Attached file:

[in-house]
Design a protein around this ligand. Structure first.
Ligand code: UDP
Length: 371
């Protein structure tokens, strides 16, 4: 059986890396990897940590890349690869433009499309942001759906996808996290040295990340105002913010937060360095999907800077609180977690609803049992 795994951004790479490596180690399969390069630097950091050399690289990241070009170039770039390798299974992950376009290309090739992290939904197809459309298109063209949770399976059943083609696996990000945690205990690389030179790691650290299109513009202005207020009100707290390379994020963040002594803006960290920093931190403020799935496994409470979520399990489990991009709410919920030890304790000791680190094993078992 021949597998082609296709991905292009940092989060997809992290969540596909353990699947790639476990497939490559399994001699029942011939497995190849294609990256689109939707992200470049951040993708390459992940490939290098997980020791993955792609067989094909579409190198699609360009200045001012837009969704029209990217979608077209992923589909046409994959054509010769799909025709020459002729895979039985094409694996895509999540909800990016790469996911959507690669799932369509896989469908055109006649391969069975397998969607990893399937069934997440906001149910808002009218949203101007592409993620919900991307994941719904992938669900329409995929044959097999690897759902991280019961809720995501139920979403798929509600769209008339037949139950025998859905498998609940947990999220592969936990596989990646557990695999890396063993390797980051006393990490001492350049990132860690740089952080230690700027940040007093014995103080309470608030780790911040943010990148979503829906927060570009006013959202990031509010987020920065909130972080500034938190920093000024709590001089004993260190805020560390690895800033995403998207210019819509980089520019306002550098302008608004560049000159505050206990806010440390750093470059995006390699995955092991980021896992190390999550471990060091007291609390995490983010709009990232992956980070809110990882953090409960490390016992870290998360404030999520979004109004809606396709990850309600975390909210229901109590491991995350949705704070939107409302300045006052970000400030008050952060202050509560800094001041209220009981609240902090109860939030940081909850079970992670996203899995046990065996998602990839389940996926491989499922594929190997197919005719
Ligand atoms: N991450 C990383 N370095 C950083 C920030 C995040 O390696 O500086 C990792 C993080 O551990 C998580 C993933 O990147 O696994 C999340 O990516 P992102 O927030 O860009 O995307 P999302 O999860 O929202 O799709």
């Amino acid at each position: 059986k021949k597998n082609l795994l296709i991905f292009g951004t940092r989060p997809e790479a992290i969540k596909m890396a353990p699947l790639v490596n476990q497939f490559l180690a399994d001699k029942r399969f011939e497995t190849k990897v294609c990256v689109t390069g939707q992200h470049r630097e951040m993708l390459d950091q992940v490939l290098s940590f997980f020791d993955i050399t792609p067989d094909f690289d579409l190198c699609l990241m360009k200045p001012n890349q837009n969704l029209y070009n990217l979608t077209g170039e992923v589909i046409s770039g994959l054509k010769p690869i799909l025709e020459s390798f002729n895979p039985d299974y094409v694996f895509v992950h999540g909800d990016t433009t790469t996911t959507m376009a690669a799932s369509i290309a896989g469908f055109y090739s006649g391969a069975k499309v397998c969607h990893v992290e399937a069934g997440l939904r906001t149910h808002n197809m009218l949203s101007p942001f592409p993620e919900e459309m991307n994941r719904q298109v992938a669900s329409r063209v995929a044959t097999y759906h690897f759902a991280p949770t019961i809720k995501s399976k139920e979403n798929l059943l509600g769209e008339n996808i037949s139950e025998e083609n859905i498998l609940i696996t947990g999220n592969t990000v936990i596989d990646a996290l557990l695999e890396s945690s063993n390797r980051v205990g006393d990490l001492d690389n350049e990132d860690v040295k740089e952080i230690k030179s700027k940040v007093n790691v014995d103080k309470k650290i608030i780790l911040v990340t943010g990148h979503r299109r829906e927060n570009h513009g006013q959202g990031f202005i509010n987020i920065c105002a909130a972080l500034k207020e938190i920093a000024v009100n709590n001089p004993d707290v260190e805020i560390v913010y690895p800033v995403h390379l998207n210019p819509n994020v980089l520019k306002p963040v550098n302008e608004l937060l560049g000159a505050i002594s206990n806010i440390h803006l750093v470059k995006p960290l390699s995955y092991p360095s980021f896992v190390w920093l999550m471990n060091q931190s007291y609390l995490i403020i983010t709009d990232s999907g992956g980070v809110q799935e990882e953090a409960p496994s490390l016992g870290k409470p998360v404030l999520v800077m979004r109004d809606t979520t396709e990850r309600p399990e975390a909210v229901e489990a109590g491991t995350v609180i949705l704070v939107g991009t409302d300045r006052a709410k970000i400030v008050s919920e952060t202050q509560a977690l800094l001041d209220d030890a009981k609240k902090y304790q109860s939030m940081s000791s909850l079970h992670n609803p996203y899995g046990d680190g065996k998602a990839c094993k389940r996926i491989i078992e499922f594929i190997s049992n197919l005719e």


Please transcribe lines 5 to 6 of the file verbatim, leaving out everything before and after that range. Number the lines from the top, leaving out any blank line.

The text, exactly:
């Protein structure tokens, strides 16, 4: 059986890396990897940590890349690869433009499309942001759906996808996290040295990340105002913010937060360095999907800077609180977690609803049992 795994951004790479490596180690399969390069630097950091050399690289990241070009170039770039390798299974992950376009290309090739992290939904197809459309298109063209949770399976059943083609696996990000945690205990690389030179790691650290299109513009202005207020009100707290390379994020963040002594803006960290920093931190403020799935496994409470979520399990489990991009709410919920030890304790000791680190094993078992 021949597998082609296709991905292009940092989060997809992290969540596909353990699947790639476990497939490559399994001699029942011939497995190849294609990256689109939707992200470049951040993708390459992940490939290098997980020791993955792609067989094909579409190198699609360009200045001012837009969704029209990217979608077209992923589909046409994959054509010769799909025709020459002729895979039985094409694996895509999540909800990016790469996911959507690669799932369509896989469908055109006649391969069975397998969607990893399937069934997440906001149910808002009218949203101007592409993620919900991307994941719904992938669900329409995929044959097999690897759902991280019961809720995501139920979403798929509600769209008339037949139950025998859905498998609940947990999220592969936990596989990646557990695999890396063993390797980051006393990490001492350049990132860690740089952080230690700027940040007093014995103080309470608030780790911040943010990148979503829906927060570009006013959202990031509010987020920065909130972080500034938190920093000024709590001089004993260190805020560390690895800033995403998207210019819509980089520019306002550098302008608004560049000159505050206990806010440390750093470059995006390699995955092991980021896992190390999550471990060091007291609390995490983010709009990232992956980070809110990882953090409960490390016992870290998360404030999520979004109004809606396709990850309600975390909210229901109590491991995350949705704070939107409302300045006052970000400030008050952060202050509560800094001041209220009981609240902090109860939030940081909850079970992670996203899995046990065996998602990839389940996926491989499922594929190997197919005719
Ligand atoms: N991450 C990383 N370095 C950083 C920030 C995040 O390696 O500086 C990792 C993080 O551990 C998580 C993933 O990147 O696994 C999340 O990516 P992102 O927030 O860009 O995307 P999302 O999860 O929202 O799709």